Now it appears Obama will have to settle for a lesser win. At this point, a simple increase in the ceiling with no strings attached is looking good to everyone but the Tea Party crowd. Still, that would be a win for obama and the media would trumpet it.

    2. Bachmann. Her take no prisoners approach has resonated big time with primary voters, many of whom see the outcome of a default only hurting the same Wall Streeters who got bailed out before. Her approach offers her a win-win-win potential. If there is no increase and a default, she can criticize Obama and Geithner for mismanagement, claiming there was plenty of money to pay debt and essential expenditures. Hard to disprove. Plus, an economic disaster has to hurt Obama. If there is no increase and Geithner juggles accounts to avoid default, she can say she was right all along. And if there is some sort of compromise agreement to raise the ceiling, she will claim a sellout and proclaim the need for real leaders. Win-win-win.

    3. Cantor. He has clearly played to the Tea Party caucus, which carries risk for him but also offers a clear path to the Speakership.

    Potential losers.

    1. Obama. All this talk about his vastly increased spending and the failure of his policies can't help him. An economic disaster following failure to raise the ceiling can't possibly help him. Voters already sense he is in over his head and that would confirm it. Blaming republicans will sound like whining and failure to take responsibility.

    2. Boehner. He has shown unsteady leadership and many conservatives believe he would have given away the store without Cantor looking over hi shoulder.

    3. Romney. Putative republican front runner has been notably silent, despite basing his campaign on his fiscal expertise. Reminiscent of McCain in '08 bailout talks.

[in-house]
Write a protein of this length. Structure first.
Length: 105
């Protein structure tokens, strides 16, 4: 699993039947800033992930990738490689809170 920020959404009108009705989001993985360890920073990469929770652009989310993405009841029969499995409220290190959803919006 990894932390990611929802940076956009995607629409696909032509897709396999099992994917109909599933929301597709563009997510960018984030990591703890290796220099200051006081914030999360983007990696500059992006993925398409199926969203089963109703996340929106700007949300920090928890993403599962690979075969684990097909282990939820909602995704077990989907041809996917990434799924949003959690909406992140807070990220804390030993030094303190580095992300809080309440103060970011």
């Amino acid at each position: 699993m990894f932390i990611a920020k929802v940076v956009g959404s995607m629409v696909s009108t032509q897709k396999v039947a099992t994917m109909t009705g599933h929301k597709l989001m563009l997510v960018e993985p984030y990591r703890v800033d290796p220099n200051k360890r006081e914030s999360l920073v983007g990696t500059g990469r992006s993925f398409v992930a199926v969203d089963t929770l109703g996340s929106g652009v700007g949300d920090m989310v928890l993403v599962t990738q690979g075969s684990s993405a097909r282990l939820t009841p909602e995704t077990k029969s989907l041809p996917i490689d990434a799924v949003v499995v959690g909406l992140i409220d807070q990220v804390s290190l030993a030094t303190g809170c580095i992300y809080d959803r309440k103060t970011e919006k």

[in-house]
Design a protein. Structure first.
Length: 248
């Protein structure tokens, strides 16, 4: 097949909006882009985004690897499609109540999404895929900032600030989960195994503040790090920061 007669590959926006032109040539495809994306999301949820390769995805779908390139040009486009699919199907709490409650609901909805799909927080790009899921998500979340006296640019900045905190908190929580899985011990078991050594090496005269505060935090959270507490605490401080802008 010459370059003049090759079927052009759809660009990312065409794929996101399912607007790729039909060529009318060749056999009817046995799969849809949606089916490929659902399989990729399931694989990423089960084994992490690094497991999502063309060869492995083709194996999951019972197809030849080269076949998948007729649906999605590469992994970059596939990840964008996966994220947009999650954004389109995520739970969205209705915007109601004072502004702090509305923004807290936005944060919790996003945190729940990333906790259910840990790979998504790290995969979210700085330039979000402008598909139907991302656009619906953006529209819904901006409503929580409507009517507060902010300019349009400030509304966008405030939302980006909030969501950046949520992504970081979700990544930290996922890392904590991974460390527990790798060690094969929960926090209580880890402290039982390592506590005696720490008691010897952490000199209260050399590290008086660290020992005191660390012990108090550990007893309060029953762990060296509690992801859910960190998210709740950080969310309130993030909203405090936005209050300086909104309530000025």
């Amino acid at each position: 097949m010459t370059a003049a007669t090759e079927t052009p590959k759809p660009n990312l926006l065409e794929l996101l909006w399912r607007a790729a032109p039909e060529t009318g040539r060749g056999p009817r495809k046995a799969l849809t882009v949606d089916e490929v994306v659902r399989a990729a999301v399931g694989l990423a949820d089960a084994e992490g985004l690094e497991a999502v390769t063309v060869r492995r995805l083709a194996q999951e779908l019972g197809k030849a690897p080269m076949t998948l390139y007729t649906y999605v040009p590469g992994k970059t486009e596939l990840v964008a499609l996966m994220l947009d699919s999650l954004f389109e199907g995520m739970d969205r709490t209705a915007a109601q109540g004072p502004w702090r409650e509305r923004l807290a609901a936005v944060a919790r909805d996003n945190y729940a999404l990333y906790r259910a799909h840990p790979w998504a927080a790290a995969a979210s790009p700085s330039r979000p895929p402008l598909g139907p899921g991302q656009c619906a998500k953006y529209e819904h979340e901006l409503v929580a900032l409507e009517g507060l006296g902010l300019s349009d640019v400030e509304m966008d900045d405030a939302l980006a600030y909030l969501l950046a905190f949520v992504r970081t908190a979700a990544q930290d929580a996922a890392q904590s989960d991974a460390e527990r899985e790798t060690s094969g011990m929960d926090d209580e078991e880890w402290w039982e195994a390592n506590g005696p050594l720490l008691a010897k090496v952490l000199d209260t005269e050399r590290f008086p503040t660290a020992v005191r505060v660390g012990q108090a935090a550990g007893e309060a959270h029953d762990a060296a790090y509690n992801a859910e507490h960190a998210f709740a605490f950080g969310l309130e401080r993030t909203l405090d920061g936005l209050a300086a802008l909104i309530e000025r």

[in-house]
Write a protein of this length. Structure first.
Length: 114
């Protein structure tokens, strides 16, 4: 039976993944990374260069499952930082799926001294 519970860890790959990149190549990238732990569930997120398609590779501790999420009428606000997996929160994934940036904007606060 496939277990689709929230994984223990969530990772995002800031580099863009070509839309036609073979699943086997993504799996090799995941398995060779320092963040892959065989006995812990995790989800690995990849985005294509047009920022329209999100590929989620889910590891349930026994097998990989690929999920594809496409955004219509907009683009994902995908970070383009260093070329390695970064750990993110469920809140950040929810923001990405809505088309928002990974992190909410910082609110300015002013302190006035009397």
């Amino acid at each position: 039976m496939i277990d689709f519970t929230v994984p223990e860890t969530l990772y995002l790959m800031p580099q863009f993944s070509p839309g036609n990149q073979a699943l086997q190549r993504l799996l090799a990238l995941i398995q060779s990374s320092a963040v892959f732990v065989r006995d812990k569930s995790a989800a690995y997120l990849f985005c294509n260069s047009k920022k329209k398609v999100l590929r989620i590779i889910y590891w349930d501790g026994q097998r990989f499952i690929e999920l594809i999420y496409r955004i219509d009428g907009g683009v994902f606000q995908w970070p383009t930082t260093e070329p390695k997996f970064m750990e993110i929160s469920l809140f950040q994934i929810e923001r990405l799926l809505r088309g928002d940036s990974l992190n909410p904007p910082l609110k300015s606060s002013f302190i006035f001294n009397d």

4. Arnie


    What "cuts" has Obama proposed?
  5. Obama's idea of "shared sacrifice" is that republican voters not only give up chunks of the medicare and social security they have paid for over the years but get hit with huge tax increases as well. He never identified any other cuts he would agree to. Saying he would "look at' something doesn't exactly qualify as biting the bullet.
  6. Ricter


    From deficit I should have added.

    Google will get you there.
  7. bone

    bone ET Sponsor

    Nothing on record. Notice that the CBO has not scored the President's proposal, because in the words of the CBO Head: "we cannot score speeches".

    Vacuous, pretty speeches devoid of any content.

    Dems involved in the meetings want no short term cuts closer than two years out, but insist on the 'revenue enhancement' (taxes) portion immediately.

    Obama has increased discretionary spending 84% YoY annualized since he took office. Went two years without even bothering with a budget.
  8. Ricter


    It's speech, and so is the rep reply, "that's too much!"

  9. bone

    bone ET Sponsor

    Douglas Elmendorf, the director of the Congressional Budget Office, told the House Budget Committee that his office was unable to estimate the long-term viability of the "budget framework" President Obama outlined in his April 13 budget speech.

    "We don't estimate speeches," said Elmendorf. "We need much more specificity than was provided in that speech for us to do our analysis."
  10. Ricter


    But he damn sure knows how to estimate the long-term viability of a plan to cut the deficit by half as much as what Obama wants. Get busy, Douglas.
    #10     Jul 18, 2011